NY Times: The only way to defund the NYPD is to reduce the number of officers and staff

With “Defund Police” becoming one of the main slogans of the Black Lives Matter protests around the country, many progressive news outlets rushed to explain that the slogan didn’t mean what it sounded like. In fact, defunding the police really just meant cutting their budget so the money can be spent on other priorities.

But a NY Times’ review of the city’s spending on the NYPD, the nation’s largest police force, shows that the police operating budget is a fairly small portion of the city’s overall budget, just 6 percent. In addition, nearly all of that money goes to salaries for officers and other personnel. Therefore the only way to cut the budget by any significant amount is to reduce the number of officers.

In its 2019 fiscal year, the Police Department spent nearly $6 billion, which amounted to about 6 percent of the city’s $95 billion total spending.

Nearly 90 percent of the department’s spending went toward paying personnel, including salaries, overtime and other benefits like shift differentials for more than 36,000 uniformed and 15,000 civilian positions. The average base pay for officers was nearly $69,000, but with overtime and additional pay, they could take home more than $90,000. For some higher ranks, total pay reached more than $200,000…

If a proposal is approved that cuts the department’s budget substantially, then regardless of where such cuts appear, they will almost certainly require significantly reducing the number of officers and staff on payroll.

The Times looks at three different proposals to make cuts to the NYPD, including one proposed by a group called Communities United for Police Reform which would cut more than a billion dollars from the $5.6 billion budget. You can read the full proposal here but the NY Times offers this summary of their plan:

$397 million – Cut overtime, public relations and surveillance technology use, and cap uniformed officers to budgeted amount.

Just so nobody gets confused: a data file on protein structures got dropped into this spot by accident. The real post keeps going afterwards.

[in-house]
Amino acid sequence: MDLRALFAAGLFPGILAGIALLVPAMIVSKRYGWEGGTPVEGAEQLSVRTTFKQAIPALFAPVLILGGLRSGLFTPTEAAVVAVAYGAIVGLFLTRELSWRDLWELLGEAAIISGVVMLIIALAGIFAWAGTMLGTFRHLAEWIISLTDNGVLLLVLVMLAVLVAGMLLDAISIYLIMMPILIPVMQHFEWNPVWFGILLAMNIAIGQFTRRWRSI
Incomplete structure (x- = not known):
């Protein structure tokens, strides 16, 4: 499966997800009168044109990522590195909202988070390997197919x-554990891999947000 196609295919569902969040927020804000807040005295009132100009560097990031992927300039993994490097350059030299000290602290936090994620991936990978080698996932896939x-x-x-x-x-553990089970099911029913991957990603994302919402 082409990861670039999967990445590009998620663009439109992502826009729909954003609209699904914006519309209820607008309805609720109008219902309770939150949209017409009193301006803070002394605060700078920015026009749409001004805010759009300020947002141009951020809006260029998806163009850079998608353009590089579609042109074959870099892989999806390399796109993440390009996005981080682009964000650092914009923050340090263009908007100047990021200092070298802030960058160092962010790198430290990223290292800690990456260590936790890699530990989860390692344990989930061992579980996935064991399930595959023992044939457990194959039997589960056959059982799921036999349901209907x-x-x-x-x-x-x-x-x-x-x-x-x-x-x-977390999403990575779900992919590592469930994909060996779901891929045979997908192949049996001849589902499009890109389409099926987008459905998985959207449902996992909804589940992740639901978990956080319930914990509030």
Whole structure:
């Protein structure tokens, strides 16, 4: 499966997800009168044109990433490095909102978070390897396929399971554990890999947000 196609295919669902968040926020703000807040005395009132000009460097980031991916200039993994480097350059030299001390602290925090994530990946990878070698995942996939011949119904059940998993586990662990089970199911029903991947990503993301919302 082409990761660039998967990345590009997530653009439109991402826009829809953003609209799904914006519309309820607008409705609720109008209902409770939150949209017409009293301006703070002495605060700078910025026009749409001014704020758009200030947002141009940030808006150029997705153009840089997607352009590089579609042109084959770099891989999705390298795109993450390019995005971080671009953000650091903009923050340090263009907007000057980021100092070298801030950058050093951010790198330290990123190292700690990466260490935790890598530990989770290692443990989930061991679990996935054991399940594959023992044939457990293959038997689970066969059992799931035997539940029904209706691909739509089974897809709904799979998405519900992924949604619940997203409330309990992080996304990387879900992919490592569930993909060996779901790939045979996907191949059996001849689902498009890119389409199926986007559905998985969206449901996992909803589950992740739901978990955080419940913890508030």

$287 million – Fire abusive officers, cut modified duty and deduct settlement payouts from the operating budget as a punitive measure.

$263 million – Freeze new hires, cancel new cadet classes and cancel cadet training program.

$219 million – Reduce uniformed officers by about 5 percent, to 2014 levels.

$96 million – Remove officers from schools, transit systems, homeless outreach and mental health response programs.

This would cut thousands of officers immediately and gradually reduce the force by thousands more through the hiring freeze. Also, forcing the NYPD to deduct more than $250 million in settlements from their budget would force the remove of thousands more officers.

Particularly hard hit in this proposal would be New York’s subways. The plan recommends cutting 500 MTA officers. It states, “We do not need more police in the trains, we need improved train service and affordable public transit.” So what happens when the homeless turn the trains into their private homes or robbers go through the trains stealing from people? Is having no police on hand going to improve train service?

As for removing all officers from schools, the reasoning offered in the proposal is that these officers make students feel bad: “Walking into school should not feel like walking into a jail or prison, and, yet, that’s what many young people feel when they go through metal detectors, are being hand-wanded, or when they encounter school safety agents in their halls.” So if we get rid of the officers and the metal detectors, what happens when students bring guns or knives to school? Or worse, what happens when a school shooter shows up at a NY school? I suspect many New Yorkers won’t be thrilled to learn the money has been redirected to social workers when shots are being fired inside their child’s school. A professor of criminal justice sums up these proposals:

Maria Haberfeld, a professor at John Jay College of Criminal Justice who studies law enforcement, said that the current proposals for New York do not have enough expert input. In her view, fewer officers would result in slower response times to violent crime, while not addressing underlying issues. “These proposals are utopian at best, if I want to be positive about it, and if I want to be more negative, are just ridiculous,” she said.

Defund police is a dumb slogan and proposals to cut police forces by a significant percentage seem like a terrible idea. I don’t live in New York City so it’s not my decision. Also, if it goes terribly wrong, none of the consequences will impact me. So if New York residents want to run this real-world experiment, they should do it. Let’s see if this new far-left reform proposal results in a better city and less crime.